"I would really like to communicate with the climbing world: expert, amateur or beginner. My way of life teaches me what the word ‘autonomous’ means. My reason for living is to follow through with my convictions. To succeed I have to channel my thoughts and my energy. If I succeed in completing a big, extreme, multi-pitch route, it's because it makes me happy. I have felt attracted to big routes for a long time now. It was just a question of time before I seriously started to work on them as projects. Since I was a young girl, I have never felt comfortable being part of a system controlled by people who think they know everything. At high school I was really unhappy because I always knew what was going to happen the next day. This feeling stopped me from growing. I had to get out of this frame of mind. In climbing, everything has is important: the way you see the route, working out a line and finally living the rock. I myself choose what's best for me. I take responsibility for my choices and decisions and I don't ever look for excuses for what I can’t manage. I was born to climb; it takes me all over the world, to beautiful, lost places. I learn, grow and then learn some more. The big routes came to me when I was ready. Whenever I make a breakthrough, it's not enough. Of course, it's better to be versatile, to know how to adapt to the type of rock. Now I listen to myself because I know that gives me strength. I have confidence in myself. I want to do exactly what I really feel like doing and try not to do things I don't feel like doing. Like many female climbers, my inspiration is Lynn Hill but the person who most directly helped me to progress in this sport is Cédric Lachat."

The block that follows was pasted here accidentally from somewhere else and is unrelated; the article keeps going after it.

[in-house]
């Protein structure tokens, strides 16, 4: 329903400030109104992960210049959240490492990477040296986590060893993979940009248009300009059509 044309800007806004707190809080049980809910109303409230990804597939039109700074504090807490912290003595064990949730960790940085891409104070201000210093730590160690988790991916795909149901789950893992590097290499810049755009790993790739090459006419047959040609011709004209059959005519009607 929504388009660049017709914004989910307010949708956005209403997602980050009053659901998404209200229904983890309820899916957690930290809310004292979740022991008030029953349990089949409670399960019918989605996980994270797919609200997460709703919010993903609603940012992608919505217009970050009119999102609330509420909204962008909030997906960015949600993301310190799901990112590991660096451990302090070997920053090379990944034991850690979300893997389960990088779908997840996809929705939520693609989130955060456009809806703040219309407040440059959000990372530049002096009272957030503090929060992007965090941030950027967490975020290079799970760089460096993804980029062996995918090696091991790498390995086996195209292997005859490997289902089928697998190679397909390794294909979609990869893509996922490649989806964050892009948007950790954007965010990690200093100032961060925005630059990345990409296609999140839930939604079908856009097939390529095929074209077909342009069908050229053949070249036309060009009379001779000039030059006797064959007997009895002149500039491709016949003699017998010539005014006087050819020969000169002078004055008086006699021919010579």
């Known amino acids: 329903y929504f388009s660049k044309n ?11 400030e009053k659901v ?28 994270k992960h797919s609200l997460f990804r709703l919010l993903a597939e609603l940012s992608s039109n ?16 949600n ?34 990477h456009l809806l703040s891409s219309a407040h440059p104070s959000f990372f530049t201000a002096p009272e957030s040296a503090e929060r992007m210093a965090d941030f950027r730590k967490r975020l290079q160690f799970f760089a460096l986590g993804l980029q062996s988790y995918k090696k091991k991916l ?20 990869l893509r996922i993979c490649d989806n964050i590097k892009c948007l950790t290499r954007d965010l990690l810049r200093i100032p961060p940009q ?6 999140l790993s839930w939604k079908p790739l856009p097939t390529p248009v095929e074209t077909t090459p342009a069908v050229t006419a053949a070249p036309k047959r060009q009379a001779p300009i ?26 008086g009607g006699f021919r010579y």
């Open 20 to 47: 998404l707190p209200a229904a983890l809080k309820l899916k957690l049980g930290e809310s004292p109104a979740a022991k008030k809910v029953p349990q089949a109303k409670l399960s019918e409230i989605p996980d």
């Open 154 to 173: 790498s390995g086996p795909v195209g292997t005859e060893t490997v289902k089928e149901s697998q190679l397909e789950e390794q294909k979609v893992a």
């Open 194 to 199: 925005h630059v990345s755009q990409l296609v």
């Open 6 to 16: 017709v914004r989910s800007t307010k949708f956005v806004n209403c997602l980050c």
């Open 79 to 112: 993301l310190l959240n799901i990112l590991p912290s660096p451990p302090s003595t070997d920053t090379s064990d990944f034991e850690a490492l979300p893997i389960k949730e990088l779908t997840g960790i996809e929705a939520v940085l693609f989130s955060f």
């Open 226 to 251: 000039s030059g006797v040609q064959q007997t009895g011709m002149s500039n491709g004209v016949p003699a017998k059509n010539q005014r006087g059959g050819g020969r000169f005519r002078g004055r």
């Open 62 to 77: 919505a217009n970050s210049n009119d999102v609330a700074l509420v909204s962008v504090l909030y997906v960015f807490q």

Choosing a climbing partner is important to me.
"The people you tie in with on the wall represent more than support, they’re more like a catalyst. To perform and succeed on a big route I require friendship and trust in my climbing partner. For example, I never climb with people who I don't feel right with. I have to sense that we are on the same wavelength, have the same thoughts and are compatible. I need to have a partner who is my equal. I always want my partner to also want to complete the route. I never take someone for reassurance alone."
 
 
The most important places for me are Verdon and Céüse.
"I spent my first sport climbing holidays in Céüse and it’s been a magical place for me since the beginning. In Verdon I discovered the climbing style I was searching for: big; sport routes. I had rarely seen such a beautiful landscape!"